The only time that enterprises can benefit from the full power of social media is when they learn to operate according to a new model, a model that is based on the dynamic networking of clusters of multi-skilled individuals focused on objectives or missions that are customer-recognized, i.e., that add value to customers in a manner that customers would relate to. For this to occur Enterprises have to evolve from getting people to work within ‘skill brotherhoods’ to driving people to work within these groupings centered around broad missions. Only when the way people work is coherent with the collaboration metaphor – based on sharing, openness, transparency and empowerment – will the use of Social Media then become natural and well accepted, nay desired!

The big challenge then is not to figure out how to deploy Social Media as a technology but rather how to evolve from a Functional-Silo way of operating to an Open Network way of operating. There is a Social Model of company operations that is the antithesis of the Functional model. Until this distinction is recognized, this evolution will not be possible. However, there are and will be companies who get it. Young people from Generation Y and Z only understand a world that is connected freely. It is incomprehensible to them that people are not connected, that they go through their day working within islands isolated from the rest of the enterprise. Young companies created by young people embed this view of a connected world in the way they structure the workplace. And as Generations X and Y take over the workplace in the decade ahead (by 2020, only 25% of the workforce will be baby boomers), the evolution from Silo to Social will take place naturally.

Which brings me back to the big question I raised a few postings ago: are you creating a company of yesterday or a company of tomorrow, today. Functional Silos are passé; they had their place at a time when the world was slow and the job was to make lots of volume of a few things. Today’s conditions are completely different – the mission is to customize products and services to individual customer needs rapidly, to change and adapt to a fluid market as rapidly as the market changes. It is the era of the real time corporation and enterprises clustered around customer segments. In this new world, only an Enterprise with immense social networking capacity can survive – because it is a world that was born precisely because of the Internet and its power at networking people.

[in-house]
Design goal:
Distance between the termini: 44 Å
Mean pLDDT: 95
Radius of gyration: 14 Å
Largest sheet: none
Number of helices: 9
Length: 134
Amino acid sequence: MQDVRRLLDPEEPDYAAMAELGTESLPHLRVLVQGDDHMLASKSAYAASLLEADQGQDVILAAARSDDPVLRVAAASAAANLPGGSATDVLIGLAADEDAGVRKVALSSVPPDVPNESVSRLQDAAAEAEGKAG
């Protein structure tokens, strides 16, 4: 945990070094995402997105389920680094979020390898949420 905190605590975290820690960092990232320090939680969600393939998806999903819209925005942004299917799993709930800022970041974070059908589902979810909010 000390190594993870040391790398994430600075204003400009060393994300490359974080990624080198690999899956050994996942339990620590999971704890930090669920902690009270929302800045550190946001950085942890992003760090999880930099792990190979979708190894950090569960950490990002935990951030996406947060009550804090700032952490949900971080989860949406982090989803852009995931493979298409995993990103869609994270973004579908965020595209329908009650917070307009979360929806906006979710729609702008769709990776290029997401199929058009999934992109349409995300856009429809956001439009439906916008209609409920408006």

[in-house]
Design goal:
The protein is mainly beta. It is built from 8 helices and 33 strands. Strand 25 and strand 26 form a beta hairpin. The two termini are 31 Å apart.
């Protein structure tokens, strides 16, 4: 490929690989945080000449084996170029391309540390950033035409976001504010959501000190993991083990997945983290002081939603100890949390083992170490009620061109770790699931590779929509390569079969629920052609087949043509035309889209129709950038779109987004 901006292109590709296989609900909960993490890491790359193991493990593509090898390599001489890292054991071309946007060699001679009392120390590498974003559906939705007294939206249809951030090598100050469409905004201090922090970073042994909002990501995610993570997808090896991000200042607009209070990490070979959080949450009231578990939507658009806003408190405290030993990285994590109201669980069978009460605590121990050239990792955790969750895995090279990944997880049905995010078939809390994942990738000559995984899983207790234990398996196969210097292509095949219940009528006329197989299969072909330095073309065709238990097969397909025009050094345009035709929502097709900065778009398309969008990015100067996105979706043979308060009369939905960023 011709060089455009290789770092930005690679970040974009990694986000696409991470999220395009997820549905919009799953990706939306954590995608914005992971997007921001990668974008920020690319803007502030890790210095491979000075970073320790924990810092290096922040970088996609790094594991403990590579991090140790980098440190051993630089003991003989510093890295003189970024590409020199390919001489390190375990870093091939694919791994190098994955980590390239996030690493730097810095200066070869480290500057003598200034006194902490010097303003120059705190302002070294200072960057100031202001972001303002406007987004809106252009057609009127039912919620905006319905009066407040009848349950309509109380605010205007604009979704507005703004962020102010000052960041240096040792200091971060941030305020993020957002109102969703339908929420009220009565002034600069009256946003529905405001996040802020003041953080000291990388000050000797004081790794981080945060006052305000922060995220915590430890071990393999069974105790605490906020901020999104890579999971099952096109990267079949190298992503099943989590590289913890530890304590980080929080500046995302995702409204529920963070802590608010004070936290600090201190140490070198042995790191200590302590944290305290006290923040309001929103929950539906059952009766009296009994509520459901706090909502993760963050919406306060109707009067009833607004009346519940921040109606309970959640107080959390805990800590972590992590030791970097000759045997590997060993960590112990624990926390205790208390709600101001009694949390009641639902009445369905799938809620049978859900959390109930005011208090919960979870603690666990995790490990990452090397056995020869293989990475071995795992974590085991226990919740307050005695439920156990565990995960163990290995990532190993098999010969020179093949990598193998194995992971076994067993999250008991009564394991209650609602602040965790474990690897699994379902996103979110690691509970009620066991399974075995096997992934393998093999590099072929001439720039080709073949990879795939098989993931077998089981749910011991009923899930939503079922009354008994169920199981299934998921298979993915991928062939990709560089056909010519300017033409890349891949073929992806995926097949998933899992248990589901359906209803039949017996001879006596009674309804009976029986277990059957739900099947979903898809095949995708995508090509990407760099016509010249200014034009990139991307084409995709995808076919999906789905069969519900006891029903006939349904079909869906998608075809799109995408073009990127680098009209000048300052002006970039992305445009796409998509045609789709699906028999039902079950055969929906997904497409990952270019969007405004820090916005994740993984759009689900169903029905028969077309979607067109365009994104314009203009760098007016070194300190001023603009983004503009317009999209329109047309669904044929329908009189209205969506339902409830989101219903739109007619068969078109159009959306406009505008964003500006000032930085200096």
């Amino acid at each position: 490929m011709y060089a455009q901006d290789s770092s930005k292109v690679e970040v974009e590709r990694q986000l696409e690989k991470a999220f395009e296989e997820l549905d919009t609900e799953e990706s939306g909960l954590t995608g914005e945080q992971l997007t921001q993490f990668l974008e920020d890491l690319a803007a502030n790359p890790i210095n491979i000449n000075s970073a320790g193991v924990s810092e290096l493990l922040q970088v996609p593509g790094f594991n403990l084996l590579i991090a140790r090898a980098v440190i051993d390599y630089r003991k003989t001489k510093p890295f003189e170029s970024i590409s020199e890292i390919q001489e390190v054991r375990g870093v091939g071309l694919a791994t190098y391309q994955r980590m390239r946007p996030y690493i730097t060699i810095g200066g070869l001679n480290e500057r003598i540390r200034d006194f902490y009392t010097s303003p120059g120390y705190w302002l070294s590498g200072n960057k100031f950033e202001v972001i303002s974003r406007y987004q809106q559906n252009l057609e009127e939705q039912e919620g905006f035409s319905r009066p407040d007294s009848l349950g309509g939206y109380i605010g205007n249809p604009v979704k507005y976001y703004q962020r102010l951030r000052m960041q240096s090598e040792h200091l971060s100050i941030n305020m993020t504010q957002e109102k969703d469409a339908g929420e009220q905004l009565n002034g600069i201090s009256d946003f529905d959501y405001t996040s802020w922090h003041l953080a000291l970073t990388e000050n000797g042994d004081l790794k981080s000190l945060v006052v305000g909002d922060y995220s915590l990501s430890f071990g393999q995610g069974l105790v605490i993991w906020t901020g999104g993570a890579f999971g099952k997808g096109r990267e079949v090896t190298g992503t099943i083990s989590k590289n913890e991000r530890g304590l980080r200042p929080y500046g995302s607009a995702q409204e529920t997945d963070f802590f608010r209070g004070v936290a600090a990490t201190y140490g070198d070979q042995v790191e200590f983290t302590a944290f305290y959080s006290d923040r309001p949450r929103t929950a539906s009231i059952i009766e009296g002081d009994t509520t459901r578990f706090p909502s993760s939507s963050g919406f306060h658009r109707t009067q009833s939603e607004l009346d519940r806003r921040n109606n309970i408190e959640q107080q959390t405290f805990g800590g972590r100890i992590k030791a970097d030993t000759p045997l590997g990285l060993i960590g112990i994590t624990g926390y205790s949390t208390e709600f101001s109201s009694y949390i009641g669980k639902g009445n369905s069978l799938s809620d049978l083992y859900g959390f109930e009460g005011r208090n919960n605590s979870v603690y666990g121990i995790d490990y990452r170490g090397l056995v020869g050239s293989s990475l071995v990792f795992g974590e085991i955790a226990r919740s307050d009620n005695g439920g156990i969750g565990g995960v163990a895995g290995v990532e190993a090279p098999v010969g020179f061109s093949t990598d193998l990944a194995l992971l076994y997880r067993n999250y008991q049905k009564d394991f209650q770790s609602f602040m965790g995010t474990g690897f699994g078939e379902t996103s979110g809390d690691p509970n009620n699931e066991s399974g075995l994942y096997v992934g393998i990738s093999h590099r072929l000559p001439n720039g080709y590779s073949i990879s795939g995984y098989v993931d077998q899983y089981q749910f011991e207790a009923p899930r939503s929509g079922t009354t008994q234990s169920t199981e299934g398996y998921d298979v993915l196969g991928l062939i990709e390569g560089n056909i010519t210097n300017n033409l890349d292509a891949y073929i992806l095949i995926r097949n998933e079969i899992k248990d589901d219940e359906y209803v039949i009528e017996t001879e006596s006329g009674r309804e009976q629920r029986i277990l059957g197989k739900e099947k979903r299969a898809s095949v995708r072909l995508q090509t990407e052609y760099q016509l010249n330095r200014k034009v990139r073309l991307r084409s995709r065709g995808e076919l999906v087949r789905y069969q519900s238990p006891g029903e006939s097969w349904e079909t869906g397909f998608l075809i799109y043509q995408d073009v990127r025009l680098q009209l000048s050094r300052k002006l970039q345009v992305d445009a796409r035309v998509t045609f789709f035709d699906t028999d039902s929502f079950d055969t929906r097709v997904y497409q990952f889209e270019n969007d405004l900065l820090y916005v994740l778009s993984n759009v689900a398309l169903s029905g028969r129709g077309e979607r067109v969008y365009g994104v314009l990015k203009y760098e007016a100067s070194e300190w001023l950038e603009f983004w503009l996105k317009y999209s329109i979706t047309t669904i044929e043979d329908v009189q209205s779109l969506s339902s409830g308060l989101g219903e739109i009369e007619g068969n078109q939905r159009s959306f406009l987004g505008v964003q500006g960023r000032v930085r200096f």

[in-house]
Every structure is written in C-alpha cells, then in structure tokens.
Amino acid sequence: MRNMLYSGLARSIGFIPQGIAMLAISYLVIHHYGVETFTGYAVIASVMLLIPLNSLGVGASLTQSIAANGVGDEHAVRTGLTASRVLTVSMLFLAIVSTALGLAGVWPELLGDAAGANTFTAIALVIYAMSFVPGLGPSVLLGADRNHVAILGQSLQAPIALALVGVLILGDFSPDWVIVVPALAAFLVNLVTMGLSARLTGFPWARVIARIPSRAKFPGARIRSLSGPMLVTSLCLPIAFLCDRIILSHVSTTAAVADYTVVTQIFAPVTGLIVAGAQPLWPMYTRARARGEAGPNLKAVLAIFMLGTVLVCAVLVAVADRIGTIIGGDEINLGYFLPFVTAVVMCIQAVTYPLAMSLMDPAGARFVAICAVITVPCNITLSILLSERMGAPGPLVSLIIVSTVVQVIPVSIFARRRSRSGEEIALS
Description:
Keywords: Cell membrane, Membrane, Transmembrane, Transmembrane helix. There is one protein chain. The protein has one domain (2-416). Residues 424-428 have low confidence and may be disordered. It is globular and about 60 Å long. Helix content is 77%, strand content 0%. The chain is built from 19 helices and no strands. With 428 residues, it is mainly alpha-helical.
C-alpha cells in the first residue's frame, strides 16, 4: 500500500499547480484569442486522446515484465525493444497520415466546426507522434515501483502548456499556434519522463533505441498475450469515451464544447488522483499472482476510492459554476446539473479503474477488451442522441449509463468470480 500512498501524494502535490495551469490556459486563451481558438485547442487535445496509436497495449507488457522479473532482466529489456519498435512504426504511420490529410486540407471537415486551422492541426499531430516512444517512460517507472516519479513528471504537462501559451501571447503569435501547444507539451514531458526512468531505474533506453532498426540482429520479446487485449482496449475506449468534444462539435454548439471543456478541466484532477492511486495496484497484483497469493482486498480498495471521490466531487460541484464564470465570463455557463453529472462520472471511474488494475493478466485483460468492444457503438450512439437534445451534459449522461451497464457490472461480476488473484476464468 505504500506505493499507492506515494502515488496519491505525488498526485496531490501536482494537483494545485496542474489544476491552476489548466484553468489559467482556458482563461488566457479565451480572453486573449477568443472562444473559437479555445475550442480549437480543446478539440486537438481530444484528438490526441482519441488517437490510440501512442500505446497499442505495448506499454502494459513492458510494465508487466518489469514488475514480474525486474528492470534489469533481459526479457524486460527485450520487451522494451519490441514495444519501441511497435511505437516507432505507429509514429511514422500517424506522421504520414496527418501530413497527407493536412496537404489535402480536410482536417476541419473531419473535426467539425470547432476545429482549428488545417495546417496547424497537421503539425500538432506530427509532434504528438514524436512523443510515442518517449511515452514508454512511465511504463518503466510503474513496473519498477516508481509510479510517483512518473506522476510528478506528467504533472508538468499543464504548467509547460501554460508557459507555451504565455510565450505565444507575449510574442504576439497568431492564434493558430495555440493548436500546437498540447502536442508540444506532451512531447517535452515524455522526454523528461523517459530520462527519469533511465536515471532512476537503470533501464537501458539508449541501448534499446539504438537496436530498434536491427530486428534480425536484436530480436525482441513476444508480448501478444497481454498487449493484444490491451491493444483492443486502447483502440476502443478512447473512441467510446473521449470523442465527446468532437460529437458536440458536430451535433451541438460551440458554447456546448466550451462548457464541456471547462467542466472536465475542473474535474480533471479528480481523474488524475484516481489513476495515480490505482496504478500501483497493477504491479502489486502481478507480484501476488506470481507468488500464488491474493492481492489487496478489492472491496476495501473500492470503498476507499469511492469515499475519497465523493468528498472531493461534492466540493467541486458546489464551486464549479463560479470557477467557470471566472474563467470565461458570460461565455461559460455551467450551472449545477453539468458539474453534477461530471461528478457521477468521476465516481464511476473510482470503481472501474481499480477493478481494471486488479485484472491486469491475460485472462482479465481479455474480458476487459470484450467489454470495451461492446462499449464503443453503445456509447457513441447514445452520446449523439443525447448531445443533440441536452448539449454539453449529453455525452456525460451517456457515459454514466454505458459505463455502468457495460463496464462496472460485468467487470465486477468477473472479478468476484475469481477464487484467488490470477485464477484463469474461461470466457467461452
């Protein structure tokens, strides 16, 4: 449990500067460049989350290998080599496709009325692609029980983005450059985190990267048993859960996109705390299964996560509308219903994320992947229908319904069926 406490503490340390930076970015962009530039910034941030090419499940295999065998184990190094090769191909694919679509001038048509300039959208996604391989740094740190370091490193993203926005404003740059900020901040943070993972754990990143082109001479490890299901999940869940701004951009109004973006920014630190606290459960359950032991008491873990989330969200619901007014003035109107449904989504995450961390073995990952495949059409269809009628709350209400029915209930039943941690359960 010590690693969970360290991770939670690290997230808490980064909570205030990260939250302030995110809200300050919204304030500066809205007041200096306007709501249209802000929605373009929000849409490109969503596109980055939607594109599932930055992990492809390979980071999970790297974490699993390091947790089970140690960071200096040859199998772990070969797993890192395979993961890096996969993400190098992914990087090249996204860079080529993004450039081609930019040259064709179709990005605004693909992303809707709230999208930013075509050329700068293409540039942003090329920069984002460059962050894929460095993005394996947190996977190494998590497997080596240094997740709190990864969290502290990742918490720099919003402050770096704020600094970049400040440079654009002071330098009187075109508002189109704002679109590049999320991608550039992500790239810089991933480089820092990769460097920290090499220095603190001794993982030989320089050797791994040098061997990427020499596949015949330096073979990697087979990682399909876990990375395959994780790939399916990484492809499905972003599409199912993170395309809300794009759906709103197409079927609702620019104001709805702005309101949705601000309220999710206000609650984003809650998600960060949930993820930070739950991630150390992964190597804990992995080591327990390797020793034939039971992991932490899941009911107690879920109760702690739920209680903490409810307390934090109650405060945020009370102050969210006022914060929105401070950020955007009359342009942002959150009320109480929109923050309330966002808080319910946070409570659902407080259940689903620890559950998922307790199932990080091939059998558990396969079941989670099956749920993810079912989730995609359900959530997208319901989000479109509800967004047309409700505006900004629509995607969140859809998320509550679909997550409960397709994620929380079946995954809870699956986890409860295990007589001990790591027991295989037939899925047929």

For more on how to organize people in multI-skilled groups focused on business missions, go here.


  1. So much of what you are saying resonates – and that’s a change from the ‘banging my head’ feeling I normally have when considering how social media is being employed by organisations generally.

    ‘a company of tomorrow today’ that’s what it is all about.


  2. Excellent thoughts Tony. My experience has been that people often respond to what they don’t understand with caution, skepticism, maybe even fear. There is much of that in our world today and nowhere more so I think than at the highest echelons of traditional corporations where leaders strain to set a safe course to steer the company through uncertain economic times. With risk minimization de rigueur, openness is one less worry if you avoid it, not to mention an occasional sense that it’s anathema to cunning, so I think that may be why social media is being held at arms length. Anything that levels a playing field can also be seen as forcing one group to relinquish power and that won’t set well with C-suite personas who might then discern this as a case of capitalism vs socialism, and adopt a posture that it’s okay if we let marketing dabble in it if it translates into some agreed form of success but keep it there. Of course I have no research to support this, just my thoughts based on observations but maybe someone else does.


    1. You may have a point there, Craig. There is definitely a sort of ‘silent collision’ developing between the predominant generation at the top and the predominant generation at the bottom. It is inevitable and the result is easy to guess. It’s a matter of time. In 2020, only 25% of the work force will be Baby Boomers – at least in North America.